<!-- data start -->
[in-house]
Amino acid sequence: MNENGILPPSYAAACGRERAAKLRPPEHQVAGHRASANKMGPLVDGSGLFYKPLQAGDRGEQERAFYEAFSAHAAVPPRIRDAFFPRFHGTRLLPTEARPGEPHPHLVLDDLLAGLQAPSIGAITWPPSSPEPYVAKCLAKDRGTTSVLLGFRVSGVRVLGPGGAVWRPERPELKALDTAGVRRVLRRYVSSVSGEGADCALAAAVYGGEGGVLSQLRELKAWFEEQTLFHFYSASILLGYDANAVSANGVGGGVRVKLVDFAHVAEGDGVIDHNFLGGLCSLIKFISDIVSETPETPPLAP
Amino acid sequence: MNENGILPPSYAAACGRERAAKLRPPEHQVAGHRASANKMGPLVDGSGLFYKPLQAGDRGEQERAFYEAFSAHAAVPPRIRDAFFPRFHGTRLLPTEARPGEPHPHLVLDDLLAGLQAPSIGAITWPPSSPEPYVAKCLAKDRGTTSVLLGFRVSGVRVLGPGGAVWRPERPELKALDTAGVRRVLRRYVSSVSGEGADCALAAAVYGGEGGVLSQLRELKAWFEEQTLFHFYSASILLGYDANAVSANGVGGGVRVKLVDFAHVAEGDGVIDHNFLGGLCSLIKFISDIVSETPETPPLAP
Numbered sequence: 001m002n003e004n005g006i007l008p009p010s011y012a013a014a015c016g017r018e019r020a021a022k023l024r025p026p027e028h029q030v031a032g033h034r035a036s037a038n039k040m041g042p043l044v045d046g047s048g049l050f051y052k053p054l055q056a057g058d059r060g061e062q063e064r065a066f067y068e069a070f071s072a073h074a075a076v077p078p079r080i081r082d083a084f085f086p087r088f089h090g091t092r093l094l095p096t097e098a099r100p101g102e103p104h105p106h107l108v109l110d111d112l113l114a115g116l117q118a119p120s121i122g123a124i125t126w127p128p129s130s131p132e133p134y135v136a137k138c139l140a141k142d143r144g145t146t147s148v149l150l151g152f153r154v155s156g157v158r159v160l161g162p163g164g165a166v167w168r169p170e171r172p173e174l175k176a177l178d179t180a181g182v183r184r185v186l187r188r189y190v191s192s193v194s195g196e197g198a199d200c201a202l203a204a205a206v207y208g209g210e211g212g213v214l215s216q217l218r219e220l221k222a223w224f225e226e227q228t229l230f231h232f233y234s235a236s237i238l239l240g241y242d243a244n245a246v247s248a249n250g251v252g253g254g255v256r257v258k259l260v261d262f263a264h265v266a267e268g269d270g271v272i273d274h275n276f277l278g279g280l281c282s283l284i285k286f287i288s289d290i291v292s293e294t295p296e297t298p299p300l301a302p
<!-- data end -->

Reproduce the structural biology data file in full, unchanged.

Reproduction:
[in-house]
Amino acid sequence: MNENGILPPSYAAACGRERAAKLRPPEHQVAGHRASANKMGPLVDGSGLFYKPLQAGDRGEQERAFYEAFSAHAAVPPRIRDAFFPRFHGTRLLPTEARPGEPHPHLVLDDLLAGLQAPSIGAITWPPSSPEPYVAKCLAKDRGTTSVLLGFRVSGVRVLGPGGAVWRPERPELKALDTAGVRRVLRRYVSSVSGEGADCALAAAVYGGEGGVLSQLRELKAWFEEQTLFHFYSASILLGYDANAVSANGVGGGVRVKLVDFAHVAEGDGVIDHNFLGGLCSLIKFISDIVSETPETPPLAP
Amino acid sequence: MNENGILPPSYAAACGRERAAKLRPPEHQVAGHRASANKMGPLVDGSGLFYKPLQAGDRGEQERAFYEAFSAHAAVPPRIRDAFFPRFHGTRLLPTEARPGEPHPHLVLDDLLAGLQAPSIGAITWPPSSPEPYVAKCLAKDRGTTSVLLGFRVSGVRVLGPGGAVWRPERPELKALDTAGVRRVLRRYVSSVSGEGADCALAAAVYGGEGGVLSQLRELKAWFEEQTLFHFYSASILLGYDANAVSANGVGGGVRVKLVDFAHVAEGDGVIDHNFLGGLCSLIKFISDIVSETPETPPLAP
Numbered sequence: 001m002n003e004n005g006i007l008p009p010s011y012a013a014a015c016g017r018e019r020a021a022k023l024r025p026p027e028h029q030v031a032g033h034r035a036s037a038n039k040m041g042p043l044v045d046g047s048g049l050f051y052k053p054l055q056a057g058d059r060g061e062q063e064r065a066f067y068e069a070f071s072a073h074a075a076v077p078p079r080i081r082d083a084f085f086p087r088f089h090g091t092r093l094l095p096t097e098a099r100p101g102e103p104h105p106h107l108v109l110d111d112l113l114a115g116l117q118a119p120s121i122g123a124i125t126w127p128p129s130s131p132e133p134y135v136a137k138c139l140a141k142d143r144g145t146t147s148v149l150l151g152f153r154v155s156g157v158r159v160l161g162p163g164g165a166v167w168r169p170e171r172p173e174l175k176a177l178d179t180a181g182v183r184r185v186l187r188r189y190v191s192s193v194s195g196e197g198a199d200c201a202l203a204a205a206v207y208g209g210e211g212g213v214l215s216q217l218r219e220l221k222a223w224f225e226e227q228t229l230f231h232f233y234s235a236s237i238l239l240g241y242d243a244n245a246v247s248a249n250g251v252g253g254g255v256r257v258k259l260v261d262f263a264h265v266a267e268g269d270g271v272i273d274h275n276f277l278g279g280l281c282s283l284i285k286f287i288s289d290i291v292s293e294t295p296e297t298p299p300l301a302p